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Is Spanking Ever A Good Idea? – Good Parenting

Dear Dr. Debbie,

My ex and I disagree over many things, but now he has his father on his side about spanking our six-year-old.

Our son has always been challenging – persistent, high energy, and very intelligent – however the idea of slapping his backside for misbehavior seems totally wrong to me. The situation that brought this up was a call from the teacher saying our son had thrown a lunch box at another student in anger. Fortunately it missed, but that was grounds for being sent to the principal’s office to be sent home for the rest of the day. I have only seen aggressive outbursts against another child a few times, and only since his father moved out when the boy was four. I really don’t believe that hitting him is any kind of solution. What are some talking points I might try with Grandpa? I think if I can turn his thinking around he will set his son, my ex, straight.

Ready to Defend Non-Violence

Dear RtDN-V,

There has been a shift in thinking over the past few generations about corporal punishment. While hitting a child may have been acceptable, even expected, in Grandpa’s time, in the present time it is disapproved of among parents and professionals.

In an article entitled, “The Spanking Debate is Over,” Noam Shpancer, Ph.D. points to the wisdom of research and theory  to warn against using spanking to control behavior. Based on over 50 years of research, “Spanking is correlated strongly and quite exclusively with multiple negative outcomes for children.” These negative outcomes include, among other things, anxiety and anti-social behavior.
Shpancer cites child development theorists to argue that none have proposed that spanking induces good outcomes.

Children Imitate the Examples They See
Prompted by concern over the effect of violence in children’s television programming in the 1960’s, Walter Bandura designed an experiment to show that children who watched violent behavior were very likely to imitate that behavior. As explained by Social Learning Theory, a parent who exerts physical power over his child could actually be setting an example for the child to use physical aggression against someone else.

“The World isn’t Safe for Me”
Attachment Theory, as studied and described by John Bowlby, Mary Ainsworth and others in the mid-twentieth century and still ongoing today, states that a young child expects safety and nurturing from a parent figure. This first relationship is “an internal working model” of how people should interact. Thinking along these lines, being hit by a parent can erode trust and self-worth and puts a child at high risk for emotional disorders.

One More for the ACE Score
Breaking new ground to promote the critical importance of child development, the Ecobiodevelopmental Theory proclaims a causal relationship between high stress in childhood and both short-term and long-term negative outcomes. The continuing investigation into Adverse Childhood Experiences (ACEs) points to specific stressors for children, including physical abuse and emotional abuse, which jeopardize healthy brain development and many health factors even into adulthood. In a stressful situation adrenaline and cortisol are released. In high doses, these hormones damage brain cell connections – affecting learning and emotional control – and negatively impact the immune system and other systems of the body. Since spanking clearly raises a child’s stress level, Shpancer and others predict that this misguided guidance tactic will soon be added to the official list of harmful childhood experiences known as the ACEs score sheet.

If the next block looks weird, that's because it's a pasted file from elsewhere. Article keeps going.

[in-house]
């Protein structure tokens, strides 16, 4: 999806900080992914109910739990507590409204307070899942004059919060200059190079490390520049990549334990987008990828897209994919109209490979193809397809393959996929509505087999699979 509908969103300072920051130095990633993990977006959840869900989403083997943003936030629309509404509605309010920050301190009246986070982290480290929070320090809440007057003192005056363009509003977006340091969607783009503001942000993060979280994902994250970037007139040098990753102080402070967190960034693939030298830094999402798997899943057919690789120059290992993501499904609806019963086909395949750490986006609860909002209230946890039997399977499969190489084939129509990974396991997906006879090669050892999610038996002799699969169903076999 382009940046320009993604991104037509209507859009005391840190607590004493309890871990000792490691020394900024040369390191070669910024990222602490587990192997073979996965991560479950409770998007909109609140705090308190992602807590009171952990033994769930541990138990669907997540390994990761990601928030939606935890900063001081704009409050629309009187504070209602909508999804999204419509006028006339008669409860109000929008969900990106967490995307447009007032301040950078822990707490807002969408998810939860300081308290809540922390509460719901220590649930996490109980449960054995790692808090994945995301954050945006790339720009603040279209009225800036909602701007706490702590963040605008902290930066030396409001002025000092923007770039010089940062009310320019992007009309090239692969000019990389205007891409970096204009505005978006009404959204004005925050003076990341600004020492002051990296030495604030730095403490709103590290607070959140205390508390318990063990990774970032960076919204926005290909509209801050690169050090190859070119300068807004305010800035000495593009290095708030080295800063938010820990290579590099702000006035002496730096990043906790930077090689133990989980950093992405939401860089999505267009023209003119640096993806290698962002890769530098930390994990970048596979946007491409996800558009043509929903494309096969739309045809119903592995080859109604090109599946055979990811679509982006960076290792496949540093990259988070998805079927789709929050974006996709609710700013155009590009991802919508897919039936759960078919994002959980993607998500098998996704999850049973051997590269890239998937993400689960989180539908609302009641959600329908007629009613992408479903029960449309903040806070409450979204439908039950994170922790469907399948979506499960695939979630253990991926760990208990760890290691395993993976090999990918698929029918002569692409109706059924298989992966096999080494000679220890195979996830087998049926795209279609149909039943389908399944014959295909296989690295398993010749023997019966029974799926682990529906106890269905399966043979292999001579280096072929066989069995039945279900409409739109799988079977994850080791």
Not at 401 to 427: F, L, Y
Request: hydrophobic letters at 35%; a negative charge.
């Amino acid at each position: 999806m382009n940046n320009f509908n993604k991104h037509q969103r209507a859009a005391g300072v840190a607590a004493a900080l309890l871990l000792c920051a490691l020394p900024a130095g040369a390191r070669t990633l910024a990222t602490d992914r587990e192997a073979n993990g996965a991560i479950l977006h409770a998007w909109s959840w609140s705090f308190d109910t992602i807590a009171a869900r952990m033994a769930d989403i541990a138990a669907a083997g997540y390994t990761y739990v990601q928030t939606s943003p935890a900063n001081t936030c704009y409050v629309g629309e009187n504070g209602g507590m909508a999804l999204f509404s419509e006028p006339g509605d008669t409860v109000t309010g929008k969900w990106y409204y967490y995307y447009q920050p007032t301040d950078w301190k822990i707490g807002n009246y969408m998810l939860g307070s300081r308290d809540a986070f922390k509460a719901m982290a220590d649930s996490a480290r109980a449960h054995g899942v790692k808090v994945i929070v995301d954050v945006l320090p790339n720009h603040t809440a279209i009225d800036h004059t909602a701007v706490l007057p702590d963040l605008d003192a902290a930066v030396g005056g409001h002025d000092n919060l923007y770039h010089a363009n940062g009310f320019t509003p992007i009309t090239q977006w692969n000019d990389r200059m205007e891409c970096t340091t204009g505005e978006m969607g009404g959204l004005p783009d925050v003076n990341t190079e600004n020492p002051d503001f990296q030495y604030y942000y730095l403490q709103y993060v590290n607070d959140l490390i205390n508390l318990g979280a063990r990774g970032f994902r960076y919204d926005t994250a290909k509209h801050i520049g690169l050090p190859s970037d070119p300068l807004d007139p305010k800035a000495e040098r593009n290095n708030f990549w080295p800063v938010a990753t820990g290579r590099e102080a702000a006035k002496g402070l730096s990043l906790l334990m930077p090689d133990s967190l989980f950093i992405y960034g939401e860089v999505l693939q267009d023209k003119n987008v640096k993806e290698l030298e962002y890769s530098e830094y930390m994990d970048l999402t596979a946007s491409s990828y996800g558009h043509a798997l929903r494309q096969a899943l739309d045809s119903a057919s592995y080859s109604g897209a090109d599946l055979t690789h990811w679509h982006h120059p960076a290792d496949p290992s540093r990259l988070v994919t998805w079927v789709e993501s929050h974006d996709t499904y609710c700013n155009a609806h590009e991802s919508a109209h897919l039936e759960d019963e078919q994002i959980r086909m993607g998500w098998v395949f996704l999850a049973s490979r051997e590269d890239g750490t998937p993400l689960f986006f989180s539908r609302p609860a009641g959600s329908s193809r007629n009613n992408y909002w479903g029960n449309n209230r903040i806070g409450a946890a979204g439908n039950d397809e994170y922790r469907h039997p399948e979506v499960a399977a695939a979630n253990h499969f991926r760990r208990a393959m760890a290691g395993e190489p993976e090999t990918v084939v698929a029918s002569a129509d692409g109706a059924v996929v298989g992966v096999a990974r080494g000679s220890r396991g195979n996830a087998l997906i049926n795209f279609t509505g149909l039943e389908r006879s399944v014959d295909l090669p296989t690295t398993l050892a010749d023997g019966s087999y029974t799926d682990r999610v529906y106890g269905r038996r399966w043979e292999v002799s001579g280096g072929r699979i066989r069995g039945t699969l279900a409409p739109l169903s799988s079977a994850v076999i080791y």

I wonder if your son’s aggressive outbursts since his father left the home are due to Grandpa’s influence on his son’s parenting? A child who is intelligent, high energy, and persistent can be easily channeled to express these traits. Unless of course the adult is intolerant of a bright, bouncy, and determined child. The ensuing power struggle – between Grandpa and your son, or your ex (under the influence of Grandpa) and your son – may have provoked some spankings, which of course only made things worse for your son’s behavior.

There is also an undeniable effect on a child’s ability to manage his emotions well when his family structure undergoes a major shift. Your observation that his aggressive displays only occurred post-separation suggests that he is working through his feelings about the break-up of his parents. Has your son had any heart-to-heart conversations with you or another caring adult about his family changes?

Beyond the above talking points about the illogical intention of using physical punishment to deter a child from aggressive (or any) misbehavior, the three important adults in your little boy’s life would benefit from taking a parenting class together. And / or you can direct Grandpa to a few websites for tips. Search words could include “Alternatives to Spanking” or “Positive Discipline” or “Peaceful Parenting.” A few sessions with a child development specialist would be another route to pursue – either individually, or, ideally, all of you together.

With all this good information available, spanking just doesn’t make sense.

Dr. Debbie

Click here for more parenting advice by Debbie Wood.

Dr. Debbie Wood will be presenting “Little Kids at Hope” a workshop for parents, teachers and child care professionals about nurturing relationships in the first five years. The workshop will be held at Chesapeake Children’s Museum in Annapolis, Wednesday, October 17 from 6:30 – 9:30 pm. Register with Arundel Child Care Connections at arundelccc.org or 410-222-1712 ext. 1.

What do you think? Email your comments or questions to Dr. Debbie at editor[at]chesapeakefamily.com.

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